Archive for Wednesday, June 7, 2000

Gurleys bring prairie to Baldwin with yard

June 7, 2000

To experience the feeling of the Kansas prairie, drive by the Yard of the Week located at 117 Wesley Street, the home of Sam and Alice Gurley.

This landscaping idea has been created by filling an old wagon with flowers, native stone and grasses, yucca, and a rocking chair sitting in the middle of the wild spring flowers. This whimsical and fun-filled yard has been well maintained. It is constantly changing with something new blooming each week. The McMillens received several nominations for this yard from the community.

When the road work detour took traffic to Wesley Street this past year, people began to notice the house on 117 Wesley. First of all there was an empty wagon in the adjoining yard. Mrs. Alice Gurley told Danny McMillen, who chooses the yard of the week with me, how it became part of their landscaping.

"I wanted an old buckboard wagon for flowers. One day a friend brought one by and left it in the yard," said Alice Gurley. "Sam wasn't too happy when he saw it. It wasn't in the best of shape. When I started working on it, he got interested and rebuilt it for me. Filled with red and white geraniums, even Sam likes our wagon now."

The front yard bloomed early with iris and peonies. Next came buttercups, lavender and lilies. A Kansas fence post stone with the family name carved in it and grasses are in the immediate front. Yuccas are beginning to bloom along the driveway adding to the Kansas prairie feeling. Near the front porch is a mailbox painted hunter green with ivy climbing the post. There is a birdhouse next to the mailbox. Beside and in front of the front porch are salmon-pink geraniums and impatiens surrounded by native rock.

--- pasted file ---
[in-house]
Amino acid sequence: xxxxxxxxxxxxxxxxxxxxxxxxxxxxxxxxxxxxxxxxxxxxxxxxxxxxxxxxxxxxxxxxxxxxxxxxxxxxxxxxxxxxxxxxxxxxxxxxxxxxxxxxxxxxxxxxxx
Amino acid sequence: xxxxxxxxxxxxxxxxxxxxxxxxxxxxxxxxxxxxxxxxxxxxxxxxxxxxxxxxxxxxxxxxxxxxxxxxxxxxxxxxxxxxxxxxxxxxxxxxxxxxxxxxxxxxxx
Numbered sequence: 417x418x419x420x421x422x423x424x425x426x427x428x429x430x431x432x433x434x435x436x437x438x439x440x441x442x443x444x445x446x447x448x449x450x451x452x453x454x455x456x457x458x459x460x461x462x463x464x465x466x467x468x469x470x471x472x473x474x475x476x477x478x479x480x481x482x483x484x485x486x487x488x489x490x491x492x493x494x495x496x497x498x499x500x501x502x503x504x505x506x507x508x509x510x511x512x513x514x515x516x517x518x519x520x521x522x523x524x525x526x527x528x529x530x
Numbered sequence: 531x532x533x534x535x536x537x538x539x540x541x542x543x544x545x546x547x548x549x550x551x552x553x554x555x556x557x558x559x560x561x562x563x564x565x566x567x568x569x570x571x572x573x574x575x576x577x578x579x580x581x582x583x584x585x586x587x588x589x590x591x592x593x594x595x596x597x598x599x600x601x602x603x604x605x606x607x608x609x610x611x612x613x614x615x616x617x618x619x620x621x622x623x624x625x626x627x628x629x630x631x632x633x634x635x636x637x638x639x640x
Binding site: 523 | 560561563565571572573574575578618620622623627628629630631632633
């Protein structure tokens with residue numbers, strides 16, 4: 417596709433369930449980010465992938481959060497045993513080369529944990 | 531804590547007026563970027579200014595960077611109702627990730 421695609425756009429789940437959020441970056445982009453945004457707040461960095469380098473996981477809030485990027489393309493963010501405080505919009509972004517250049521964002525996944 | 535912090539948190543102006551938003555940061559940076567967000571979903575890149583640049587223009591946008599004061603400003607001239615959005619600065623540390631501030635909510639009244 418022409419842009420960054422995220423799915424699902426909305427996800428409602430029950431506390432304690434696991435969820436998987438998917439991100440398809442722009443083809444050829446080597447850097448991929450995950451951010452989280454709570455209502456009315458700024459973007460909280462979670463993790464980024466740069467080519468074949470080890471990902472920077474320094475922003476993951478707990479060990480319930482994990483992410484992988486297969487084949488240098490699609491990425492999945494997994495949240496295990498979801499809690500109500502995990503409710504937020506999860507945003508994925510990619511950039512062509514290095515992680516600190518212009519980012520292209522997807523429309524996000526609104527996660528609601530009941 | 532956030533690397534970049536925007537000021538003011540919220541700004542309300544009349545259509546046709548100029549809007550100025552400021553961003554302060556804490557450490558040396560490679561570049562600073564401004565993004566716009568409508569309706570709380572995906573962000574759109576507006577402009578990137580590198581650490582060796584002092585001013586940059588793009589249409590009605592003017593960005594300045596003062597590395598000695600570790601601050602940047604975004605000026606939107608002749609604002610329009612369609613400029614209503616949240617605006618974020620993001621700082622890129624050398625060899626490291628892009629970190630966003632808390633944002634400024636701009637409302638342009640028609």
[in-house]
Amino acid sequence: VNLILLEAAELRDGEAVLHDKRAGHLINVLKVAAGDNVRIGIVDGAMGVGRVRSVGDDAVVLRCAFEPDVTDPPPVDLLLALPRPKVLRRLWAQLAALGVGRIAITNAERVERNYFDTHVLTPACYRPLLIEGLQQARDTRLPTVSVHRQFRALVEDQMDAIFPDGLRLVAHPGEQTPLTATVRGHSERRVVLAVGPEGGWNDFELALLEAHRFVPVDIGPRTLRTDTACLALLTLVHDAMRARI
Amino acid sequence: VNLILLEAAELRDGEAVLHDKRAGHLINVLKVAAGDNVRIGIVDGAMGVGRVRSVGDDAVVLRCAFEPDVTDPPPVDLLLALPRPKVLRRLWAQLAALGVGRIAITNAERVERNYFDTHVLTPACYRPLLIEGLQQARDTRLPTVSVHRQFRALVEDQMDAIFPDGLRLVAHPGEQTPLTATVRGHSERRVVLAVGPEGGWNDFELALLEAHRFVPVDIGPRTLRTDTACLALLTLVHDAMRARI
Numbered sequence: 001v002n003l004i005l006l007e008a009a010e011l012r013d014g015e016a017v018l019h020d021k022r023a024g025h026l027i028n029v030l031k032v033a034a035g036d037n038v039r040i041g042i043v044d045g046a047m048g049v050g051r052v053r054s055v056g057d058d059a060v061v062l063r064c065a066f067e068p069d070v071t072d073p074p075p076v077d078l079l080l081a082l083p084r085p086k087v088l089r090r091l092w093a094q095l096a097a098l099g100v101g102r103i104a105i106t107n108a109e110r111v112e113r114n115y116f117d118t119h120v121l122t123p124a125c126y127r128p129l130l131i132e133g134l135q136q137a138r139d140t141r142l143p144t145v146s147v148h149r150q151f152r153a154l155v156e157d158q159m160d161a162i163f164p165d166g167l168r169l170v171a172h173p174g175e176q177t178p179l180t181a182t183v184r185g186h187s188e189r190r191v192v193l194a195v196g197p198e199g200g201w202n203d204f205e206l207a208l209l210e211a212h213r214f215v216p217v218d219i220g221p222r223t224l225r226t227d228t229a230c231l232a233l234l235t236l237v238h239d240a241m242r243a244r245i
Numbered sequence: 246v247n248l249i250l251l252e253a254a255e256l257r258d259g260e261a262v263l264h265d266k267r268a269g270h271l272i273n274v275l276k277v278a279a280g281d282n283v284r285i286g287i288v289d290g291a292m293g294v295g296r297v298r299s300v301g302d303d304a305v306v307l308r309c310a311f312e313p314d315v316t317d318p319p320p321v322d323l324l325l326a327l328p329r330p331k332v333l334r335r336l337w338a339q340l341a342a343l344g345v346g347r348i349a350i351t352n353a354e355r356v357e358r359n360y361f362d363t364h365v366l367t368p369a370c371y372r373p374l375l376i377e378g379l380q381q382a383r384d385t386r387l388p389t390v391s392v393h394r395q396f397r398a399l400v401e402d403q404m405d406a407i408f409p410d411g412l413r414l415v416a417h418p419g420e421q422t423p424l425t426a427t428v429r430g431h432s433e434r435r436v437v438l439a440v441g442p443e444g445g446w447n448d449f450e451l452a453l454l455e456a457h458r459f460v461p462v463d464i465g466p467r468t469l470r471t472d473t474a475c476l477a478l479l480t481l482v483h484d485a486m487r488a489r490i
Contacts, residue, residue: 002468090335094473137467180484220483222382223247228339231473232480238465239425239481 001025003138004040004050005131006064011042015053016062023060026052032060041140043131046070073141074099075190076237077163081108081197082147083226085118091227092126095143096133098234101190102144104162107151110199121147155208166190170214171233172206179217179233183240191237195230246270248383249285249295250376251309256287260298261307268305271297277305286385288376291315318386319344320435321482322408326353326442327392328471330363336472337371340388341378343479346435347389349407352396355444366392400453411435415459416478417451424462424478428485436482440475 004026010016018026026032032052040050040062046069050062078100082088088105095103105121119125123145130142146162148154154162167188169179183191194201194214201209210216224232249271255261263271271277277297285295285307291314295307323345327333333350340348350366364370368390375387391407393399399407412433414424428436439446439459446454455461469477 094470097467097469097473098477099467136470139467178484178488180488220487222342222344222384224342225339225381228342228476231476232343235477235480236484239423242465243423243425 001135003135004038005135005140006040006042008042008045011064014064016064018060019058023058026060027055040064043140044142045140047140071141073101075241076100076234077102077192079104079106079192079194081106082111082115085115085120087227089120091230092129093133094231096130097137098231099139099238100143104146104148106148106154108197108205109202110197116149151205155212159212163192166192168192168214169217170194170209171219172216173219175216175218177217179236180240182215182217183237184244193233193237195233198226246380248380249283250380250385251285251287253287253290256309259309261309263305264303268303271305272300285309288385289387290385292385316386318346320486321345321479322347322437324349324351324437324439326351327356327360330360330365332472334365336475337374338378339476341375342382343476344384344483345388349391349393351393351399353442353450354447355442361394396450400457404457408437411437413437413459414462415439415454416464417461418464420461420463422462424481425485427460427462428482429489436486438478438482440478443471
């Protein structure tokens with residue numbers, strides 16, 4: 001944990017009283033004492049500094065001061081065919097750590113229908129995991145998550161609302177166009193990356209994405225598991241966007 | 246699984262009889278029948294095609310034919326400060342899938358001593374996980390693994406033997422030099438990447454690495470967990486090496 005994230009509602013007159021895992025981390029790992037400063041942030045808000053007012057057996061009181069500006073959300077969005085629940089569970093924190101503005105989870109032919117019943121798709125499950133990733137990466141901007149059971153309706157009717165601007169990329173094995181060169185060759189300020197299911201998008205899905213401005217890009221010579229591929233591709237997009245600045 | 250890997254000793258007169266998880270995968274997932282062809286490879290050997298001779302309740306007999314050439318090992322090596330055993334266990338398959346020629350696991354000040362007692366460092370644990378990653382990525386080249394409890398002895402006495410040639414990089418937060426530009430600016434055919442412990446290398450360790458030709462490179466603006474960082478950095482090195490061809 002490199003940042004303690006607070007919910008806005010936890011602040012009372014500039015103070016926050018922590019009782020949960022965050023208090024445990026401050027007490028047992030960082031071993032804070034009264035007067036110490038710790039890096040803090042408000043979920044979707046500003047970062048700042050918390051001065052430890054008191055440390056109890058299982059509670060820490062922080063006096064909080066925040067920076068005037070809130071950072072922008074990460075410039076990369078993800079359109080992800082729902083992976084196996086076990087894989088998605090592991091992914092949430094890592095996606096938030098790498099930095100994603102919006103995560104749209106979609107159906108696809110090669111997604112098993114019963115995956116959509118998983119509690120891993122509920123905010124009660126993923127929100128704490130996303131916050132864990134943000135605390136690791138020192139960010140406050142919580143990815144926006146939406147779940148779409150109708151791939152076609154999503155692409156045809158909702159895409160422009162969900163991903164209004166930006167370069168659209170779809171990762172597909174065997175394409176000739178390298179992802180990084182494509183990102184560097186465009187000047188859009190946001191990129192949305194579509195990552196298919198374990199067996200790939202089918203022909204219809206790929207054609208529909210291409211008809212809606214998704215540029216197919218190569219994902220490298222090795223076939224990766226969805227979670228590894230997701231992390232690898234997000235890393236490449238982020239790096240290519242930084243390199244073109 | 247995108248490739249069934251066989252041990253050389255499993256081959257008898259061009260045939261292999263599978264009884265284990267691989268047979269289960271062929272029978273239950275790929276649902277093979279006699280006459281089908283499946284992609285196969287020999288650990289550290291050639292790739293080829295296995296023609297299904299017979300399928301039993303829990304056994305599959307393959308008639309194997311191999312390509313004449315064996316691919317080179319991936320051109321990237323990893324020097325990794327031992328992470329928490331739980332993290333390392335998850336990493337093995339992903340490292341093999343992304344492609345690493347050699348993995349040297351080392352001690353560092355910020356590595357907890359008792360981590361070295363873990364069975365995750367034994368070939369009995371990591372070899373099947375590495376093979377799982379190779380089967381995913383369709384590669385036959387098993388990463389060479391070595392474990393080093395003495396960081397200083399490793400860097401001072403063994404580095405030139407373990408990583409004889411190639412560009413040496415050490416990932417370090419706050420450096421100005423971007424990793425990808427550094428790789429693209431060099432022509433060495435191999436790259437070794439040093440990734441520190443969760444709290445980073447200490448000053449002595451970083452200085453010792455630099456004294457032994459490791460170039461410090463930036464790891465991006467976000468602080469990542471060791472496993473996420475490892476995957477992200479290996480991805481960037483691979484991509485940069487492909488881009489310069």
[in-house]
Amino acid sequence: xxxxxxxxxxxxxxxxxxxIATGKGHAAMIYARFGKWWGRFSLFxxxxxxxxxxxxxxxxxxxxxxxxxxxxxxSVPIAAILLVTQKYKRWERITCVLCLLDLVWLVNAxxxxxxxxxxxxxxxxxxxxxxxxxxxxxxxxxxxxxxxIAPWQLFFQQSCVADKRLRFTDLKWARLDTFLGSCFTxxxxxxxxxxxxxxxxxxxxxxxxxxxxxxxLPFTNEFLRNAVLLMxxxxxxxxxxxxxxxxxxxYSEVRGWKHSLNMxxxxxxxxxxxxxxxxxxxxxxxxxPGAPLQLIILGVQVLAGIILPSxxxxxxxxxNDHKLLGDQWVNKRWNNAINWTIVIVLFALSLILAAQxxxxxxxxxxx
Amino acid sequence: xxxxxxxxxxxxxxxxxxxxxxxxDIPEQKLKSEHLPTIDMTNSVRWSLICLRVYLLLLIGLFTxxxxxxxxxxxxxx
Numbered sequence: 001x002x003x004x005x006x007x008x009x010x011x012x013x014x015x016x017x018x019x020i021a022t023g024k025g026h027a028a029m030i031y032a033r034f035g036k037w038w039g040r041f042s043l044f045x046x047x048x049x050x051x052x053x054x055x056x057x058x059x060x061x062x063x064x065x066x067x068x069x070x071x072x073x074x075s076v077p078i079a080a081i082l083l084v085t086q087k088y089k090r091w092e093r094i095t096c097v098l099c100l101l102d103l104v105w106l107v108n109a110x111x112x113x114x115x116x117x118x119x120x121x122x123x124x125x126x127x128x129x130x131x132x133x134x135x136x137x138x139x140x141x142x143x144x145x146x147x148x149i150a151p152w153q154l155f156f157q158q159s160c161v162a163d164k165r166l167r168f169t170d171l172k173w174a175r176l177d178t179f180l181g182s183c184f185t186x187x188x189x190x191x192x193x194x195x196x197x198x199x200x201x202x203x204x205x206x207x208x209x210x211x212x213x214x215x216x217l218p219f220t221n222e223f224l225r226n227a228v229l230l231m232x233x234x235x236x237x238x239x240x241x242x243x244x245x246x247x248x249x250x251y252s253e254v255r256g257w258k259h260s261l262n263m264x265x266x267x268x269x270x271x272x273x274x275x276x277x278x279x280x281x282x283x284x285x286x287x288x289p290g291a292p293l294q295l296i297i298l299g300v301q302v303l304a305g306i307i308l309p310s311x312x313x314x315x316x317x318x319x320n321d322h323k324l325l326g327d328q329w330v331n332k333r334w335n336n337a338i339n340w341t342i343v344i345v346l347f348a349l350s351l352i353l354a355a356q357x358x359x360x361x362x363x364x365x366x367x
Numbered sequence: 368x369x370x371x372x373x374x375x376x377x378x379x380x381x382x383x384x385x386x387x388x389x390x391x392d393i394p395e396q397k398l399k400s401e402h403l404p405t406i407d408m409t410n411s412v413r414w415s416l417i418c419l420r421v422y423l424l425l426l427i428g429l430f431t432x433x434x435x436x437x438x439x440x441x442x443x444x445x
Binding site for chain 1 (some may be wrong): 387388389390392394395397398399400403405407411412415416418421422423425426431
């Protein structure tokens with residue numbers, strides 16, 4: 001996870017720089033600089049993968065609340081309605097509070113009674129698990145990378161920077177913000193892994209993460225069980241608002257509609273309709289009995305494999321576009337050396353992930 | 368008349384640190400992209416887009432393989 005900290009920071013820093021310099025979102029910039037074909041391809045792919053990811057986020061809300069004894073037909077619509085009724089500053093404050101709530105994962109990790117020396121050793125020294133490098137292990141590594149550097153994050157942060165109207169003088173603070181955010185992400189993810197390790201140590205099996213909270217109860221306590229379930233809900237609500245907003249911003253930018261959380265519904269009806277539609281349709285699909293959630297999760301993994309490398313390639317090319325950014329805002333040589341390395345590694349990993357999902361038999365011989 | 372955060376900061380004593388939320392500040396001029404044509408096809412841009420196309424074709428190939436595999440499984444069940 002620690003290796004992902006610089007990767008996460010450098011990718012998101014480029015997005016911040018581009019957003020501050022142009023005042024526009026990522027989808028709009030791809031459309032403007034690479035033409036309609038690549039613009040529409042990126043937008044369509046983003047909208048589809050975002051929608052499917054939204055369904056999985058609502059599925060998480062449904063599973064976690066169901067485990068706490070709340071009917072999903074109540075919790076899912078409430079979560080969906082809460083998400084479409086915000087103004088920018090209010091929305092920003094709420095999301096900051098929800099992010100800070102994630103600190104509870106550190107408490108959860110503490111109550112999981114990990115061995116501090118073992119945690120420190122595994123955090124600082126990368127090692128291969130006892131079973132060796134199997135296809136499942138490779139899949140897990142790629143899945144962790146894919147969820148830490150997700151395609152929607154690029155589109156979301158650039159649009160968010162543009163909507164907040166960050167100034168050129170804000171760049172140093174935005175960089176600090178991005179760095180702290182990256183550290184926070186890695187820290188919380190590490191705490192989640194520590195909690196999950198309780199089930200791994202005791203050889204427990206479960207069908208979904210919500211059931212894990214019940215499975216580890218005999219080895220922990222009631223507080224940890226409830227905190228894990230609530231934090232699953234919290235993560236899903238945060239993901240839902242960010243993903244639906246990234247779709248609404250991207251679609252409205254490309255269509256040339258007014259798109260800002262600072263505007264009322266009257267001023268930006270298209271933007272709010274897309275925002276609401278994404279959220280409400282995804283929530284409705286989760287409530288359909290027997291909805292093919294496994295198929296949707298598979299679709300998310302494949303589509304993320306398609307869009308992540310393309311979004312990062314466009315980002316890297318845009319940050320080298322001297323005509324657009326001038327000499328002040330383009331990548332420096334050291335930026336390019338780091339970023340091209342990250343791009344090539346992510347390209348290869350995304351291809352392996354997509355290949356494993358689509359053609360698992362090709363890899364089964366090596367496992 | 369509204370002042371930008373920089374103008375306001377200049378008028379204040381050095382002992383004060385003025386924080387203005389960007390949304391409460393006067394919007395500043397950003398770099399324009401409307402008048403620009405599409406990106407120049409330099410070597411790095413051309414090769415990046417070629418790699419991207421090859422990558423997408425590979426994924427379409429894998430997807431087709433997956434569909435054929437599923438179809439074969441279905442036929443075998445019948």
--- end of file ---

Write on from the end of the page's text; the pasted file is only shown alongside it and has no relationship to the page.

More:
The planters are nestled in among wild violets, hen and chicks, buttercups and sedums. Hostas are planted along the front north corner of the house leading to a large lilac bush. Johnny Jump Up violas are in several planters. A welcome wreath and hanger of flowers grace both door entries. A discarded rocking chair, found on Mrs. Gurley's Avon route, was brought home and tole painted with wild flowers. It has a new home in the middle of the violets and buttercups beside the porch.

The many birdhouses around the yard have been made by Mrs. Gurley's dad and Alice herself. She has painted some of the houses, others are left rustic. Several wind chimes blow gently in the wind on the front porch. One chime says "Home Sweet Home" in iron letters.

Large old trees shade the property but the Gurleys have planted new dogwoods and several other trees. The yard work is always in progress. One of those who nominated this yard commented that it is fun to watch for the seasonal changes throughout the year in this yard. Not only do the flowers change but the decor of the front porch and the doors change also.

There is the beauty of the annuals such as geraniums, impatiens and petunias and the lasting beauty of perennials such as bachelor buttons, daisies, lavender, iris, peonies and buttercups. Birdfeeders, birdhouses, wreaths and flowers welcome people and birds to Baldwin City at the Gurleys. When we stopped by, a robin was sitting on a well house near the old wagon singing its cheery song. The sounds of other birds filled the evening air. Even though the detour no longer leads past Wesley Street, this yard still makes one want to drive that way.

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